Referring now to FIG. 3, it can be seen that when the wire probe 24 is inserted into the bore 40 and then clamped by means of the set screw 38 inserted into the threaded screw hole 42, the tip 50 of the set screw 38 causes a crimping of the end of the wire probe 24 into the cone point 44, which causes the probe wire 24 to become offset relative to the central longitudinal axis 52 of the transducer tip 26. As a consequence, a relatively high mechanical stress is induced into the wire probe at point 54. This condition has been found to be the primary source of premature breakage when subjected to lateral vibration from the transducer 28 (FIG. 1). Additionally, the undamped motion of the vibrating wire at the point 56 where it emerges from the transducer tip 26 also contributes to the metal fatigue problem causing the wire probe to break.
With the foregoing in mind, the invention is directed to overcoming the problem of premature breakage of the wire probe 24 through the addition of two structural components, one of which prevents deformation of the wire probe at the point of clamping, while the other inhibits lateral vibration of the wire probe in the area where it is being driven by the ultrasonic transducer.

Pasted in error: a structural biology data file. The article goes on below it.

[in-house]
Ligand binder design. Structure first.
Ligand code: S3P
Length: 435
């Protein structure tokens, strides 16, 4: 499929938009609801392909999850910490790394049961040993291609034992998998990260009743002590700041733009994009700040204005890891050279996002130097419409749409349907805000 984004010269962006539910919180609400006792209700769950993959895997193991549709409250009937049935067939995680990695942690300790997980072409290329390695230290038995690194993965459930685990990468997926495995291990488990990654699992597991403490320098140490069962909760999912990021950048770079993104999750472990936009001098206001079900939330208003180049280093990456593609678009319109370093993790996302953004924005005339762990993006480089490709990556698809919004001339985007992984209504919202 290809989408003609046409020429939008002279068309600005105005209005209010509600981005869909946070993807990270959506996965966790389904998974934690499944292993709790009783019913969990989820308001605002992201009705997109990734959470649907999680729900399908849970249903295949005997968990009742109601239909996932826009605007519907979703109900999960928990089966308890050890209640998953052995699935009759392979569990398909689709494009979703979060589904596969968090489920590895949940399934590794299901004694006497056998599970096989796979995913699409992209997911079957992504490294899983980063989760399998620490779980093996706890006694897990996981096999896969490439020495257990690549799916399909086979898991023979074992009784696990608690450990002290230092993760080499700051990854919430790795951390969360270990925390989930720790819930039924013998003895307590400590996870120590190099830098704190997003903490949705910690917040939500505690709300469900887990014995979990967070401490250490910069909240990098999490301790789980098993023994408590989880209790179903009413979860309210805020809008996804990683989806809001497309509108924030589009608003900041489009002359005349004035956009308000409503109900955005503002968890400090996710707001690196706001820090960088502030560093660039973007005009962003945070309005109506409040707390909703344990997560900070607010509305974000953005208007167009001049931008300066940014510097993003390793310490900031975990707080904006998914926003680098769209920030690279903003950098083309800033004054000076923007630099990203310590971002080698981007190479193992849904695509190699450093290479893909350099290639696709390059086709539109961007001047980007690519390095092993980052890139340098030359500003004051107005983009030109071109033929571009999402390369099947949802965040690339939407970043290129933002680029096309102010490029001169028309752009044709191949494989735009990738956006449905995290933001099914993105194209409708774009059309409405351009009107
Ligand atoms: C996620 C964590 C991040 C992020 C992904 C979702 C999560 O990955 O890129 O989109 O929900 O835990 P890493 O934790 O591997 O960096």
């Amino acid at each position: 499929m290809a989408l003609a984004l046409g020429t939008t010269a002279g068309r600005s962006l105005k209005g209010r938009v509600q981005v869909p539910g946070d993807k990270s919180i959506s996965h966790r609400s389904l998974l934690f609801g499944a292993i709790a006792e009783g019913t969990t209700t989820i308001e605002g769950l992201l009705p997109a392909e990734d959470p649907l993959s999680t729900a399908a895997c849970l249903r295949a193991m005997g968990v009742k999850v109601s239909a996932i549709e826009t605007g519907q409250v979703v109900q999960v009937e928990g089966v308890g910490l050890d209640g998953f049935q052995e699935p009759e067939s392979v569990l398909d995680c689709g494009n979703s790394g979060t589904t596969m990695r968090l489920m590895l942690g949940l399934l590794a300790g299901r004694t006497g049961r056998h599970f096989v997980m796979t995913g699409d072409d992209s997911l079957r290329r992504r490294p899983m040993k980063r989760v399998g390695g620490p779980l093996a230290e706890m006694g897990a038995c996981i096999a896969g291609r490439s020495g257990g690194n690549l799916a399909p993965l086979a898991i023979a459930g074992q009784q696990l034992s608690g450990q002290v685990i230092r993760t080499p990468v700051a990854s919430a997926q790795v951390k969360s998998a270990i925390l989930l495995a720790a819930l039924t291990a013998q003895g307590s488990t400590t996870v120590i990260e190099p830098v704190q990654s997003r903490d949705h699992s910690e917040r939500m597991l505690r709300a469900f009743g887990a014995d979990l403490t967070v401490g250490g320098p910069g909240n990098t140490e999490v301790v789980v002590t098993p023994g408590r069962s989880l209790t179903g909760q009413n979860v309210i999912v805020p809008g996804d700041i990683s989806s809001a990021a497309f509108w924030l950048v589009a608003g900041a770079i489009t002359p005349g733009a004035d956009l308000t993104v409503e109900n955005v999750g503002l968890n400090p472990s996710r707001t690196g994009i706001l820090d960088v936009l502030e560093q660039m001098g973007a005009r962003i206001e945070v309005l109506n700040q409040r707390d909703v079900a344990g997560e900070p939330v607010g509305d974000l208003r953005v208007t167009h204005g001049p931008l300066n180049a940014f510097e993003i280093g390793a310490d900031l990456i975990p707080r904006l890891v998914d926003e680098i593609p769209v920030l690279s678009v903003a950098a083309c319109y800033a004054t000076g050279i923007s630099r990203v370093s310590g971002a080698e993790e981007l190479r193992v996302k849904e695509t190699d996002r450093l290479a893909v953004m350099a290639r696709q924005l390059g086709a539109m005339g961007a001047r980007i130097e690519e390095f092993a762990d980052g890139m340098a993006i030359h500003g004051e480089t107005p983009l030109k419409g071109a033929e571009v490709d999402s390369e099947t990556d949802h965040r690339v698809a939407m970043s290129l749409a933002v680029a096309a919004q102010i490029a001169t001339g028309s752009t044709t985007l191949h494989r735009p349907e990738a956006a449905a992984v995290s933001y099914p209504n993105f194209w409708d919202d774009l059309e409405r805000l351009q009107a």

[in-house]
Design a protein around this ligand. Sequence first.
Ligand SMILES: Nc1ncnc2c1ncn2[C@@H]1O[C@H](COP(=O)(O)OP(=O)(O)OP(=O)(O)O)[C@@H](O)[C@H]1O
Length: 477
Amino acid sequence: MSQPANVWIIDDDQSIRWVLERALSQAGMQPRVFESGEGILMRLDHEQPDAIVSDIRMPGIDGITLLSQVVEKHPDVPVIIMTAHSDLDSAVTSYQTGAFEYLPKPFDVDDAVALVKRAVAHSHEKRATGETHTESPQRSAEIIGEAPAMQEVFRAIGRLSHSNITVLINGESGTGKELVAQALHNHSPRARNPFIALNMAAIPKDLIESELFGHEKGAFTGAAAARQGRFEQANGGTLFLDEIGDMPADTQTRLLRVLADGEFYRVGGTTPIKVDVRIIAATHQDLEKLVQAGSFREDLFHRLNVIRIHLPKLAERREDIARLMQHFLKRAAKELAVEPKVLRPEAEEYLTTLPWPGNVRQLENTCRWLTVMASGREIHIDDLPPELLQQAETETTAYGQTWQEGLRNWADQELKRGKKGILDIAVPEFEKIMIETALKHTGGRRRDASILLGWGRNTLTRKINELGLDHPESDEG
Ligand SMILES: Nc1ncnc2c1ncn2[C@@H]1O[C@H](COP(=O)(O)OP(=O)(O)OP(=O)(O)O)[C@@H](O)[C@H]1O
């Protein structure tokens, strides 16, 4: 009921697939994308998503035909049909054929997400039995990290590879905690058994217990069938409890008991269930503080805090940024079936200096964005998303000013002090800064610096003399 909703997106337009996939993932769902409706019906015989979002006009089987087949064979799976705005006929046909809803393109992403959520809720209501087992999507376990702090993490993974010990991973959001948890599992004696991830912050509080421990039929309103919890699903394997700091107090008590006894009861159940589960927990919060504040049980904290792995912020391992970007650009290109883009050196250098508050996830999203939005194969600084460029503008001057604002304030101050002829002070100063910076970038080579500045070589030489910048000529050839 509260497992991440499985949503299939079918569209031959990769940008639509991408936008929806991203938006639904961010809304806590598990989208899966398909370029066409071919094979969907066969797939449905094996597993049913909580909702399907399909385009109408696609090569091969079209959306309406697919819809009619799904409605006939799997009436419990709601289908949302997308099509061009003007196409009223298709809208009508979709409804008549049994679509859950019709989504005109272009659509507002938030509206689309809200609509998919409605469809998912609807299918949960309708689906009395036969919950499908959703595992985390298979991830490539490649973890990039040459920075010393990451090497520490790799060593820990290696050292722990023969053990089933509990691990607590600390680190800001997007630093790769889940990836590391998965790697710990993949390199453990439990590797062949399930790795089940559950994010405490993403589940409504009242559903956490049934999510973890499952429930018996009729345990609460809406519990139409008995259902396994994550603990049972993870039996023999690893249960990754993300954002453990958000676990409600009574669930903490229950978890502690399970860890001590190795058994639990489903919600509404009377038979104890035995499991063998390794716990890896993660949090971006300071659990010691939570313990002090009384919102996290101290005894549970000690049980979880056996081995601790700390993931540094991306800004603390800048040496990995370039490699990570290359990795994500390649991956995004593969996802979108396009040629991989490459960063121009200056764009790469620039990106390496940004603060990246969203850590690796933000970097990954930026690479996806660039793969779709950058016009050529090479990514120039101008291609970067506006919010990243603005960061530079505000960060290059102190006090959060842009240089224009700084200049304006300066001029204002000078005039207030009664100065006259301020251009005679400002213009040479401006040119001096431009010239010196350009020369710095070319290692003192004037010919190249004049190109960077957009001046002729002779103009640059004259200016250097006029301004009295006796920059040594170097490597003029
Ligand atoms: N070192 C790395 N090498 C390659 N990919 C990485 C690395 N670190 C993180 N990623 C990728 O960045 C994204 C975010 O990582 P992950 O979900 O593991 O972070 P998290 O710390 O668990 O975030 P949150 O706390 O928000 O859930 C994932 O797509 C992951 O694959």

With respect to the first feature, as illustrated in FIGS. 4 and 5, the transducer tip 26 is modified to include a second threaded screw hole 58 diametrically opposed to the threaded screw hole 42 and which extends into the longitudinal bore 40. The threaded screw hole 58 is adapted to accept a second set screw, one with fine threads, which is shown by reference numeral 60 in FIG. 5. Further, the set screw 60, as shown in FIG. 6, includes a flattened end portion 62 having a surface which includes at least one, but preferably a pair of mutually transverse shallow grooves 64 forming a + which are adapted to accommodate and thus act as an anvil for the end portion of the wire probe 24 when inserted in the bore 40. The axis of the wire probe 24 can be controlled and easily centered since the anvil face 62 is adjustable by the turning of the set screw 60 and thus the axis of the wire can be moved up or down to coincide with the central longitudinal axis 52 (FIG. 3) of the axial bore 40. Whereas in the prior art apparatus the set screw 38, as shown in FIG. 3, typically includes a spherical tip, the type of set screw employed by the subject invention is a set screw 65 with a flat tip 66, thus removing the tendency for crimping the wire probe 24 at the point of contact with the wire and/or anvil face portion of the opposing set screw 60. It should be noted that the addition of the second set screw 60 does not unbalance the tuned mass of the transducer assembly which includes the tip portion 26. This is in contrast to earlier attempts which added a wire clamping fixture to the external tip 26 of the transducer. Such an arrangement caused an unbalance in the system, resulting in the loss of energy in the wire probe.